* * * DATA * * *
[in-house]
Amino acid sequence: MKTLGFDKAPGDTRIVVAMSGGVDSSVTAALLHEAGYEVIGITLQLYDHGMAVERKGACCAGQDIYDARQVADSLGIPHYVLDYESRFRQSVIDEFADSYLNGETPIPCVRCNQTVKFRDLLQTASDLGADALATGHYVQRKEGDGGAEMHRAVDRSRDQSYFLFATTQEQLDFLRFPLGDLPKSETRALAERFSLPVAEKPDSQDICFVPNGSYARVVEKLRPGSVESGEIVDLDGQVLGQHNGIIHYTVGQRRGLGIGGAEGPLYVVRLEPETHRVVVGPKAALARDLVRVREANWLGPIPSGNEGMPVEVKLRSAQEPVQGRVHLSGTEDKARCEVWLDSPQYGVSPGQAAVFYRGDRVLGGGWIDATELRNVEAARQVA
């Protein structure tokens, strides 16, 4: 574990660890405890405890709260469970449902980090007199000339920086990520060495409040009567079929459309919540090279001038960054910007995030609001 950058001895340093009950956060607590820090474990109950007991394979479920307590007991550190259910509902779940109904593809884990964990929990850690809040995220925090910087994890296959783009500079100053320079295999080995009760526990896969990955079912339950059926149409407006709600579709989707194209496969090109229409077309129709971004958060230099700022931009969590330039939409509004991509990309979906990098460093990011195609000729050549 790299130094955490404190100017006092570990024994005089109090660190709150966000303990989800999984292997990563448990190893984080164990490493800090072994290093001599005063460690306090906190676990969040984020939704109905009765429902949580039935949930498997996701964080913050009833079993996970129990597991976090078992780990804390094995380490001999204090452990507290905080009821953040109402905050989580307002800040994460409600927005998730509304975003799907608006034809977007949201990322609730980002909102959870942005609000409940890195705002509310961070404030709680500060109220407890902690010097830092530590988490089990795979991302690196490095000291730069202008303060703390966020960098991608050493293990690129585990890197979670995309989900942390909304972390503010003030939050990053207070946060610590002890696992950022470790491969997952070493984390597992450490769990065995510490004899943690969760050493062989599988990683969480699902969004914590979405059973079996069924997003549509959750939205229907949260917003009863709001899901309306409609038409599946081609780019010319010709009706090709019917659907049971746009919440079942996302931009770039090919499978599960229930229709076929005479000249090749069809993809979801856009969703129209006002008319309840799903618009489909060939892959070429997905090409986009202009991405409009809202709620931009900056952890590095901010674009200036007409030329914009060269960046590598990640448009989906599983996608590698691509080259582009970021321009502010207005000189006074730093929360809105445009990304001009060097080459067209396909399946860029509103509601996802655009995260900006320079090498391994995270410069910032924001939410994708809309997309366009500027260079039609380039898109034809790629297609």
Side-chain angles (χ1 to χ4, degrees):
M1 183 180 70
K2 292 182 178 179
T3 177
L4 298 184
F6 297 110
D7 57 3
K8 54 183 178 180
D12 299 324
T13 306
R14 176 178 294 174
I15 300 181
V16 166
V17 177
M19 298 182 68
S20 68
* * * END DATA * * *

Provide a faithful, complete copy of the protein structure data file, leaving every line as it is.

[in-house]
Amino acid sequence: MKTLGFDKAPGDTRIVVAMSGGVDSSVTAALLHEAGYEVIGITLQLYDHGMAVERKGACCAGQDIYDARQVADSLGIPHYVLDYESRFRQSVIDEFADSYLNGETPIPCVRCNQTVKFRDLLQTASDLGADALATGHYVQRKEGDGGAEMHRAVDRSRDQSYFLFATTQEQLDFLRFPLGDLPKSETRALAERFSLPVAEKPDSQDICFVPNGSYARVVEKLRPGSVESGEIVDLDGQVLGQHNGIIHYTVGQRRGLGIGGAEGPLYVVRLEPETHRVVVGPKAALARDLVRVREANWLGPIPSGNEGMPVEVKLRSAQEPVQGRVHLSGTEDKARCEVWLDSPQYGVSPGQAAVFYRGDRVLGGGWIDATELRNVEAARQVA
């Protein structure tokens, strides 16, 4: 574990660890405890405890709260469970449902980090007199000339920086990520060495409040009567079929459309919540090279001038960054910007995030609001 950058001895340093009950956060607590820090474990109950007991394979479920307590007991550190259910509902779940109904593809884990964990929990850690809040995220925090910087994890296959783009500079100053320079295999080995009760526990896969990955079912339950059926149409407006709600579709989707194209496969090109229409077309129709971004958060230099700022931009969590330039939409509004991509990309979906990098460093990011195609000729050549 790299130094955490404190100017006092570990024994005089109090660190709150966000303990989800999984292997990563448990190893984080164990490493800090072994290093001599005063460690306090906190676990969040984020939704109905009765429902949580039935949930498997996701964080913050009833079993996970129990597991976090078992780990804390094995380490001999204090452990507290905080009821953040109402905050989580307002800040994460409600927005998730509304975003799907608006034809977007949201990322609730980002909102959870942005609000409940890195705002509310961070404030709680500060109220407890902690010097830092530590988490089990795979991302690196490095000291730069202008303060703390966020960098991608050493293990690129585990890197979670995309989900942390909304972390503010003030939050990053207070946060610590002890696992950022470790491969997952070493984390597992450490769990065995510490004899943690969760050493062989599988990683969480699902969004914590979405059973079996069924997003549509959750939205229907949260917003009863709001899901309306409609038409599946081609780019010319010709009706090709019917659907049971746009919440079942996302931009770039090919499978599960229930229709076929005479000249090749069809993809979801856009969703129209006002008319309840799903618009489909060939892959070429997905090409986009202009991405409009809202709620931009900056952890590095901010674009200036007409030329914009060269960046590598990640448009989906599983996608590698691509080259582009970021321009502010207005000189006074730093929360809105445009990304001009060097080459067209396909399946860029509103509601996802655009995260900006320079090498391994995270410069910032924001939410994708809309997309366009500027260079039609380039898109034809790629297609």
Side-chain angles (χ1 to χ4, degrees):
M1 183 180 70
K2 292 182 178 179
T3 177
L4 298 184
F6 297 110
D7 57 3
K8 54 183 178 180
D12 299 324
T13 306
R14 176 178 294 174
I15 300 181
V16 166
V17 177
M19 298 182 68
S20 68